The television version of Dear White People dives deeper into its characters than the film did, bringing nuance to the topic of casual racism.
The mere title of Dear White People sent the internet into a tizzy when the film was originally released in 2014. People didn’t even watch the film’s trailer or read a synopsis (because we all know trolls don’t read) before deeming it “reverse racism” and threatening to boycott. Other audiences criticized the film for what they felt was an overly simplistic portrayal of racism on college campuses. Three years later, the film’s director, Justin Simien, has expanded his opus into a 10-episode series that tackles the same issues with more nuance.
Dear White People takes place at the fictitious Ivy League campus of Winchester University, which enjoys touting its meager Black student body when attracting incoming freshman, but otherwise ignores them. The series explores an almost identical plot as the film, opening with scenes from a “Dear Black People” Halloween party, thrown (or so we’re led to believe) by the school’s satirical newspaper, Pastiche. Filled with mammies, Nicki Minaj wannabes and NBA ballers all sporting Blackface, the party finally gives the series’ outspoken bi-racial protagonist, Samantha White (Logan Thompson) undeniable proof of institutional racism on campus. The incident brings together the various Black student groups on campus, who hope to use the party as a catalyst to begin a larger discussion about racism with both administrators and peers.
The series covers impressive ground in its first season, and highlights the casual racism many Black college students encounter on majority-white college campuses. “What are you?” microaggressions take a back seat to white students who brazenly belt out lyrics with “nigga” and then defend their actions with “But Drake said it first!” We see Winchester’s white student body employ tactics commonly used by “All lives matter” proponents, from distracting displays that deter activists’ efforts to flawed claims of suppressed freedom of speech. If there’s one thing that Dear White People makes clear, it’s the potential for these unhealthy environments to deter Black student learning.
One way that the series edges out the film is by taking a closer look at the motivations behind each character. We’re given a bird’s-eye view into Samantha’s internal conflict as she represents the Black voice on campus with her radio show “Dear White People,” but privately struggles to reconcile her feelings for her secret white bae Gabe Mitchell (John Patrick Amedori). A rare divergence from the film, Simien uses activist poet Reggie Green, played by Marque Richardson, as an opportunity to explore the lasting consequences of police brutality on the psyche. Brandon P. Bell reprises his role as Troy Fairbanks, who classmates dub “Troybama” during his run for student body president. The series offers a closer look at the relationship between Troy and his father, Dean Fairbanks, (Obba Babatundé), and highlights how Black parents’ obsession with upward mobility can stifle their high-achieving children. Similarly, Colandrea “CoCo” Conners (Antoinette Robertson) spends the season trying to convince herself that assimilation is the key to success. She points out Samantha’s “light-skinned privilege”more than once and seems to think that, were she the one with the microphone, the reception wouldn’t be so friendly. It’s likely that soft-spoken Lionel Higgins (DeRon Horton) has the purest intentions of the bunch and it’s through his character that Simien shows how revolutionaries often come in unlikely packages.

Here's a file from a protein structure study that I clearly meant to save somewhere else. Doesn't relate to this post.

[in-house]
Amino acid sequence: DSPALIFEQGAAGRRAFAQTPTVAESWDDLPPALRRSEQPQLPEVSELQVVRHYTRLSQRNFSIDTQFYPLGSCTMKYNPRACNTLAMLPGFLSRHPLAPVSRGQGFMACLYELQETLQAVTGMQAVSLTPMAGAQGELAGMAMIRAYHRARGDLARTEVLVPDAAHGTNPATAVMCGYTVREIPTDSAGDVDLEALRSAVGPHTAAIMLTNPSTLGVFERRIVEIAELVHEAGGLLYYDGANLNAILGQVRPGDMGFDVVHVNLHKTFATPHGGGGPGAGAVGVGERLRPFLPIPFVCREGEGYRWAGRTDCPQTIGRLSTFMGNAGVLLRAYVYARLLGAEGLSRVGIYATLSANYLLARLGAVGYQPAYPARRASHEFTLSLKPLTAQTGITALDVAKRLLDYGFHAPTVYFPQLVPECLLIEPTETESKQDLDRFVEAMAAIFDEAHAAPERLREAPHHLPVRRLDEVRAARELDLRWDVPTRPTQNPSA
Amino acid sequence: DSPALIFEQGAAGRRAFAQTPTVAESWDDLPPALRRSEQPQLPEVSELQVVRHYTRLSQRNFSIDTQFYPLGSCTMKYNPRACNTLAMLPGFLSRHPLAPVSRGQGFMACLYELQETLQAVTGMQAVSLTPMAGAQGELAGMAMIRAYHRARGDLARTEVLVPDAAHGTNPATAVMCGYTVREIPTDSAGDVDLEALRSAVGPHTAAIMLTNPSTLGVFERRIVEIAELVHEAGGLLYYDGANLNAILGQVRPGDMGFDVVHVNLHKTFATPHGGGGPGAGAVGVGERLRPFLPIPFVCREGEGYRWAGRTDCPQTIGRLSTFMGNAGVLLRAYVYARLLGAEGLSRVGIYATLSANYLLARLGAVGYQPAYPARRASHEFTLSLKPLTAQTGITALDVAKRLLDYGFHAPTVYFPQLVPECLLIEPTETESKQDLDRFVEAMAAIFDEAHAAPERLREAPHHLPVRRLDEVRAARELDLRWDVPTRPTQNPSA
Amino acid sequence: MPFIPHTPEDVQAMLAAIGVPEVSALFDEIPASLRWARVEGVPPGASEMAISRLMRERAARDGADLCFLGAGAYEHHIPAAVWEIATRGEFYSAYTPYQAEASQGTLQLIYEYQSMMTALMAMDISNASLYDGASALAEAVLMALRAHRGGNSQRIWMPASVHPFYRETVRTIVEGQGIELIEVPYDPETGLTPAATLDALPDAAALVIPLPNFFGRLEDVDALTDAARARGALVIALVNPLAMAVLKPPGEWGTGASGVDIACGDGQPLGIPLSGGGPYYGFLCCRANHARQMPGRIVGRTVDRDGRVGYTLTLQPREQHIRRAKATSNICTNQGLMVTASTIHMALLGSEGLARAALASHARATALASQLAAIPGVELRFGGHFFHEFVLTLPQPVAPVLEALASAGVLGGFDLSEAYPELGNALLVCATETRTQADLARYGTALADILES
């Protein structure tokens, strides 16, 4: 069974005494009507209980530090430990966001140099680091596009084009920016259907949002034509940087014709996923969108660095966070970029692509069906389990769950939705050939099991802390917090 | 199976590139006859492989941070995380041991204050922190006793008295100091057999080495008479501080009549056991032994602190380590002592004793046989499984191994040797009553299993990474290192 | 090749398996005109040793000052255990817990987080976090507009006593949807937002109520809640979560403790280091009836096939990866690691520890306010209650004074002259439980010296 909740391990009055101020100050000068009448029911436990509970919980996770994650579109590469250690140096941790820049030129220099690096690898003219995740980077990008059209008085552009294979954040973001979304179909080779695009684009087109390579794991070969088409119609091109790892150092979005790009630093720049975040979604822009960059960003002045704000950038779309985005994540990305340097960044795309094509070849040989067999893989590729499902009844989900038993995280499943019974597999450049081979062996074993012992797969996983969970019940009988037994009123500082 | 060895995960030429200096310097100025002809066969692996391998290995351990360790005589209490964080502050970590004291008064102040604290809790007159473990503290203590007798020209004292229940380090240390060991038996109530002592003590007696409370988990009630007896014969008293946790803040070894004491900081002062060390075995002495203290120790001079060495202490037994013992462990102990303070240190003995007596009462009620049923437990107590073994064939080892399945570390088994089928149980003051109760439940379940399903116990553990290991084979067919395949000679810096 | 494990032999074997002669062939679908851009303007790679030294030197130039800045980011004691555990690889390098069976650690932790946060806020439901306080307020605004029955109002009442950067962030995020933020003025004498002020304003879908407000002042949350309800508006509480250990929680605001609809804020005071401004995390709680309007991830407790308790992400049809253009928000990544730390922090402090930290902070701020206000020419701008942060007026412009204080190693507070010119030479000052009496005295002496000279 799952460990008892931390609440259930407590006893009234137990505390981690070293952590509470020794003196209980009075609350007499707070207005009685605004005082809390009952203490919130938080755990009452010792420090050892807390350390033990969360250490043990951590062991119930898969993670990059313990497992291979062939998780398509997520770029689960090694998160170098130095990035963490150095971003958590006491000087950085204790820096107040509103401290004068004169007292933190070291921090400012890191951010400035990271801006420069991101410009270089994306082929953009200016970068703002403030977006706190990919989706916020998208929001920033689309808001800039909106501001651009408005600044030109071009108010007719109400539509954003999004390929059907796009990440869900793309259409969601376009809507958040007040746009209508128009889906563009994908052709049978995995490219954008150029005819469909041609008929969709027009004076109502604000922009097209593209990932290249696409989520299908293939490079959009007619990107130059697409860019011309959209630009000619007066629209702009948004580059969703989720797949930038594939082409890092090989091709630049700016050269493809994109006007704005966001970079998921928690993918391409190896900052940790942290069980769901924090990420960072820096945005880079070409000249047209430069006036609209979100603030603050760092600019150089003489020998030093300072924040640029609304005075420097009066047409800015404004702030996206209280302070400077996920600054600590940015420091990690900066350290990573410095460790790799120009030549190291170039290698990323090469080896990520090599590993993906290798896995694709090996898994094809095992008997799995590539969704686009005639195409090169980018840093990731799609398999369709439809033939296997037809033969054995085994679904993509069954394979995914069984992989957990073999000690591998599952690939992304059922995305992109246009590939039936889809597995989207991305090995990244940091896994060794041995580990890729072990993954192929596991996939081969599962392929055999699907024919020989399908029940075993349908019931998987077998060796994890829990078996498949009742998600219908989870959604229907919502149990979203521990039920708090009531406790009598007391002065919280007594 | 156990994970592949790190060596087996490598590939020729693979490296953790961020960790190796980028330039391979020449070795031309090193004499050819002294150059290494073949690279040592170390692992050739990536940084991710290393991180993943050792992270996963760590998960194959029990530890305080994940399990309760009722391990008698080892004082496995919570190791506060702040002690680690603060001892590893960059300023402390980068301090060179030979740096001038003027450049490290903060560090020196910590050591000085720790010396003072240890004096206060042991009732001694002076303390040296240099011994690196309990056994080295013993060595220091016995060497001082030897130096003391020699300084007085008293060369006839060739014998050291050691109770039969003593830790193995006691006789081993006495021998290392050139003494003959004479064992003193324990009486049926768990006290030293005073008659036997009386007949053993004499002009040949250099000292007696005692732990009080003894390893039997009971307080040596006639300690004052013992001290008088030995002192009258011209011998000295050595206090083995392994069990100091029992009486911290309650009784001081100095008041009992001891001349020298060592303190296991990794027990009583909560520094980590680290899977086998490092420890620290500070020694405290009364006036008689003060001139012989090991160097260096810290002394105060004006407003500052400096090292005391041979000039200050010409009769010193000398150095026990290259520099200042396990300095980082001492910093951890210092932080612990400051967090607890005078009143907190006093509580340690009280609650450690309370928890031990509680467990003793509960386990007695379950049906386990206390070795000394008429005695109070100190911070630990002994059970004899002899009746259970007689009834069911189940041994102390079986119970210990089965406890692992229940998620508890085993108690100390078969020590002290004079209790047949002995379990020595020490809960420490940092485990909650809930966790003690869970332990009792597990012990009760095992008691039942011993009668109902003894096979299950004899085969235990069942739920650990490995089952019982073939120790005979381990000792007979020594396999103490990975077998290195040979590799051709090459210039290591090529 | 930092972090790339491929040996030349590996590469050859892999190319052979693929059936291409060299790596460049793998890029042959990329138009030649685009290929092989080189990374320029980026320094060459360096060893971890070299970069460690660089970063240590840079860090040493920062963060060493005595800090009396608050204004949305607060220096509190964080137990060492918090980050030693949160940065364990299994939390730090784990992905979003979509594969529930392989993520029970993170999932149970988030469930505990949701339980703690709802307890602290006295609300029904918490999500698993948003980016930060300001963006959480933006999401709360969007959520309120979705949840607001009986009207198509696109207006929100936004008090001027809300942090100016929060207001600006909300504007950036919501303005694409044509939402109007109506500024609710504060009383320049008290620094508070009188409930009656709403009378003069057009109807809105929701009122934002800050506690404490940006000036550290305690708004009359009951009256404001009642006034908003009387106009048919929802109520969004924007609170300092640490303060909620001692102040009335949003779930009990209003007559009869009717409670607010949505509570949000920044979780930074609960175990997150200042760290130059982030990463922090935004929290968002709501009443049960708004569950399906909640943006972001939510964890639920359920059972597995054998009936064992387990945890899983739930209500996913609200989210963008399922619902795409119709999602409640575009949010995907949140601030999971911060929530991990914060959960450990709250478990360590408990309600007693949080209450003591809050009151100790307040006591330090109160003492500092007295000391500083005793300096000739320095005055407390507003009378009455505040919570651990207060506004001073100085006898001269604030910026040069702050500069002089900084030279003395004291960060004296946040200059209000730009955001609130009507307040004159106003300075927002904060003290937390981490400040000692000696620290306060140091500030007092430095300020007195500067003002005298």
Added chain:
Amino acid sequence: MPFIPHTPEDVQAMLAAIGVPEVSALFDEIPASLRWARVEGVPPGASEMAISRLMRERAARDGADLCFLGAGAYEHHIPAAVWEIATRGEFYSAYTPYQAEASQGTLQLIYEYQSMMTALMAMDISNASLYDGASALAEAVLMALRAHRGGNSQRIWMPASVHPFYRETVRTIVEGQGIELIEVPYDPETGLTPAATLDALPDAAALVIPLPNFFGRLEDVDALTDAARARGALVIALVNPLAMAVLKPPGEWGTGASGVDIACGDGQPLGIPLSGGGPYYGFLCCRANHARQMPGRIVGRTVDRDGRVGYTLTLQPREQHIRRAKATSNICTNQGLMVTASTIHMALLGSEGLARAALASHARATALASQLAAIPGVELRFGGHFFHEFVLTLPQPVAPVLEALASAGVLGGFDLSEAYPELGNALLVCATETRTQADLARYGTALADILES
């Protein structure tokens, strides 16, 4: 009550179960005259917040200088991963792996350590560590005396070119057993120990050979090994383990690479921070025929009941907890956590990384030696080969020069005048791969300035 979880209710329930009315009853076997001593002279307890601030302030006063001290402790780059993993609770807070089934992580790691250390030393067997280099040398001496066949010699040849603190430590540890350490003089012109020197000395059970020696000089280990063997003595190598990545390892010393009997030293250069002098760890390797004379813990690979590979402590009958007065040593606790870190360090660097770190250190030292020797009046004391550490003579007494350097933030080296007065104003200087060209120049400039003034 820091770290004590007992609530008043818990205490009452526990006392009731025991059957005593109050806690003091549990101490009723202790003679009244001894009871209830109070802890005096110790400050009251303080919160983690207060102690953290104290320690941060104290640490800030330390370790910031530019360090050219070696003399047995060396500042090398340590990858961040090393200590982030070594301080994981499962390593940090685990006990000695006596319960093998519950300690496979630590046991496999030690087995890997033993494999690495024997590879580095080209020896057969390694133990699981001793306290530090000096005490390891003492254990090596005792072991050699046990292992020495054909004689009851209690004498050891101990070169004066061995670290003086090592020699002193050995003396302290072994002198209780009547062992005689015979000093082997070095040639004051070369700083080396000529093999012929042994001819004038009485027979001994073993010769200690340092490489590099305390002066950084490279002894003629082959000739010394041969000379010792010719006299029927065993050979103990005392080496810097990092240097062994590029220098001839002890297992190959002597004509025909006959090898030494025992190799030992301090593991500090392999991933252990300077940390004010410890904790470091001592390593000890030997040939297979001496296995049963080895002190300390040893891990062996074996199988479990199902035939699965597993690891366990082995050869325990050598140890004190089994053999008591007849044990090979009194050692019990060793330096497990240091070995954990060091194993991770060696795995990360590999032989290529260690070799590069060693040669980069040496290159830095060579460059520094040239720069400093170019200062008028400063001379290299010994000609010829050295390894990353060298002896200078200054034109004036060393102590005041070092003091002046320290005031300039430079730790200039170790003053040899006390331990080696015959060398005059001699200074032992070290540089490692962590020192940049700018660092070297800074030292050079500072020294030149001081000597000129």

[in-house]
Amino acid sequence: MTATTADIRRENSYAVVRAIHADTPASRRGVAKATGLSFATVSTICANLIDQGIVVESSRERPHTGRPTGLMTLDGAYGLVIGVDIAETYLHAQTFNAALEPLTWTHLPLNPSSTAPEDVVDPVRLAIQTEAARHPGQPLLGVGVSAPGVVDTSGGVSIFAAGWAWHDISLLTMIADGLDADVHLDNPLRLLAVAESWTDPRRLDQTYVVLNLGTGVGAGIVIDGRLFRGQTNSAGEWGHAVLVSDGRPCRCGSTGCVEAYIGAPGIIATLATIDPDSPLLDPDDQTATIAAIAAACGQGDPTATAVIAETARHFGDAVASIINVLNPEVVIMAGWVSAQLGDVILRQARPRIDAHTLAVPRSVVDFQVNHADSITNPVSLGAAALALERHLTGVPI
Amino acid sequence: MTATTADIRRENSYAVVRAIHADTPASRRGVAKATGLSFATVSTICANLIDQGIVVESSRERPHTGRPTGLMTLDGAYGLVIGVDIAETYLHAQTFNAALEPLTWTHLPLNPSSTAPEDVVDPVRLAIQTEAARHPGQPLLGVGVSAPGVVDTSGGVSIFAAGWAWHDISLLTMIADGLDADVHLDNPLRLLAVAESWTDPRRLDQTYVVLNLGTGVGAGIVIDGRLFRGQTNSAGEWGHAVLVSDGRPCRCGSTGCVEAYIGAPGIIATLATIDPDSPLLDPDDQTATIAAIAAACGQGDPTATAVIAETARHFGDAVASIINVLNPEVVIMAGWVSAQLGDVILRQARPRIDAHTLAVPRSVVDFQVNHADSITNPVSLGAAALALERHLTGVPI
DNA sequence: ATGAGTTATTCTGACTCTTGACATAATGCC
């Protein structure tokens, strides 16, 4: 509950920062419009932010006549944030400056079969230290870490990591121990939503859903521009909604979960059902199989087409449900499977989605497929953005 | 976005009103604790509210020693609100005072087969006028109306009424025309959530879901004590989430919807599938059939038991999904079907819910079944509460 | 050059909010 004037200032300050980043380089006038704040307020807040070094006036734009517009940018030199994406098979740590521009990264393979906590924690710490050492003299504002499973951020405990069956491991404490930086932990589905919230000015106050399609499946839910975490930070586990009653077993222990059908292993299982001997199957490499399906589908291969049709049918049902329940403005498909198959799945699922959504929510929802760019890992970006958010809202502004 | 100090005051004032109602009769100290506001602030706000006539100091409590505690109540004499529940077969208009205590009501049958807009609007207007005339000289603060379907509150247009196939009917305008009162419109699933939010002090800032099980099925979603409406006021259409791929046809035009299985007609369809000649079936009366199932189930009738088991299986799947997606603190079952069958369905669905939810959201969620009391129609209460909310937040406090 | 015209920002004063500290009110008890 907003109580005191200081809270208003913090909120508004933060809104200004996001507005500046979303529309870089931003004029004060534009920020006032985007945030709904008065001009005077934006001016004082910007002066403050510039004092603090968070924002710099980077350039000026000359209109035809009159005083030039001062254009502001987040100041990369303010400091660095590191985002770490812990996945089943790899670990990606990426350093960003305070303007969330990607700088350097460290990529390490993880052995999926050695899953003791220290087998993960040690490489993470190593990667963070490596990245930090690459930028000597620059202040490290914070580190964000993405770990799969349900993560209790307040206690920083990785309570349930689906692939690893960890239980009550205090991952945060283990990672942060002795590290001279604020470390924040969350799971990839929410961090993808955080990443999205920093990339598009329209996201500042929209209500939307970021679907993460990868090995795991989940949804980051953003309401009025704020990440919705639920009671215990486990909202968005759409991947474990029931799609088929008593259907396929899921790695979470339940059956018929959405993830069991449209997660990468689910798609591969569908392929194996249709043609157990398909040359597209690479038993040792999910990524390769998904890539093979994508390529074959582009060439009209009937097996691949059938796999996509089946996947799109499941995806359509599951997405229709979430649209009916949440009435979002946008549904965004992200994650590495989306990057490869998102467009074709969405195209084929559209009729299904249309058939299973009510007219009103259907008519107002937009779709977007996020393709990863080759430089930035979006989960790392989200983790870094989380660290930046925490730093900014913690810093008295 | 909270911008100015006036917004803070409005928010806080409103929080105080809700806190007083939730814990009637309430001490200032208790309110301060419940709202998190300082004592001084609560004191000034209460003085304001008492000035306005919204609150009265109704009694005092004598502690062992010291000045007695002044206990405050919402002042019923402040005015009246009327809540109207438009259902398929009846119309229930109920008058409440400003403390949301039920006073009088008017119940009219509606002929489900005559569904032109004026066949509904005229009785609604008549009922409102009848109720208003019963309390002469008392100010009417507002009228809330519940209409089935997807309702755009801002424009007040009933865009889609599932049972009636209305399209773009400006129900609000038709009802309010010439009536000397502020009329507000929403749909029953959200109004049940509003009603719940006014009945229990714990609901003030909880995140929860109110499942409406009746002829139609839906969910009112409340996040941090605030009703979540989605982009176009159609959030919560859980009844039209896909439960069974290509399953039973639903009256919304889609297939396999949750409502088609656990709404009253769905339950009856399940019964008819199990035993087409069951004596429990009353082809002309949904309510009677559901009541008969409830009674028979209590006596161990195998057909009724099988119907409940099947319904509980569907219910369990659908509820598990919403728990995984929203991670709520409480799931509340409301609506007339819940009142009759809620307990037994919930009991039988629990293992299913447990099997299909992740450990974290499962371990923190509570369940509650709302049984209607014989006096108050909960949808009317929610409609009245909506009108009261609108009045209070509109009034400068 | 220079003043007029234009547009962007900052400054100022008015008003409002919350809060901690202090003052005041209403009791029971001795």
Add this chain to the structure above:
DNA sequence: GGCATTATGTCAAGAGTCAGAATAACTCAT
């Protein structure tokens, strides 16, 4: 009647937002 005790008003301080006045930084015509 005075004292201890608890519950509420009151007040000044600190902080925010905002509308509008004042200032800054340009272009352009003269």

For me, the only place where Dear White People falls short is in Simien’s treatment of other minority characters. The inclusion of Ikumi, who literally introduces herself as the gang’s “catch-all Asian friend,” feels forced, especially when she seemingly disappears from the show after accompanying Reggie and friends to a house party. Outside of her brief appearance, we only see other students of color when Troy is soliciting their votes during his presidential campaign. He speaks flawless Spanish to a group of Latinx students while a gardener who overhears his speech makes a bitter remark about how he wishes he could vote. Troy’s display for the assumed Asian Student Union is no better, during which he uses a dumpling to illustrate unity on campus.
Tensions boil over in the first season’s final episode, when golden boy Troy is arrested on the steps of the Armstrong-Parker House, a safe space for Black students that donors believe is causing division on campus. After the drama, we see Samantha and her friends resume their weekly Defamation watch party (Simien’s hilarious twist on Scandal) with glazed eyes. Sometimes reality proves too cruel to face, and denial and distraction the only salves we can offer ourselves to keep pressing on.
No announcement has been made about whether Dear White People will be renewed for a second season. If the show’s 100 percent rating on Rotten Tomatoes is any indicator, we can expect to see the students of Winchester University return for another semester.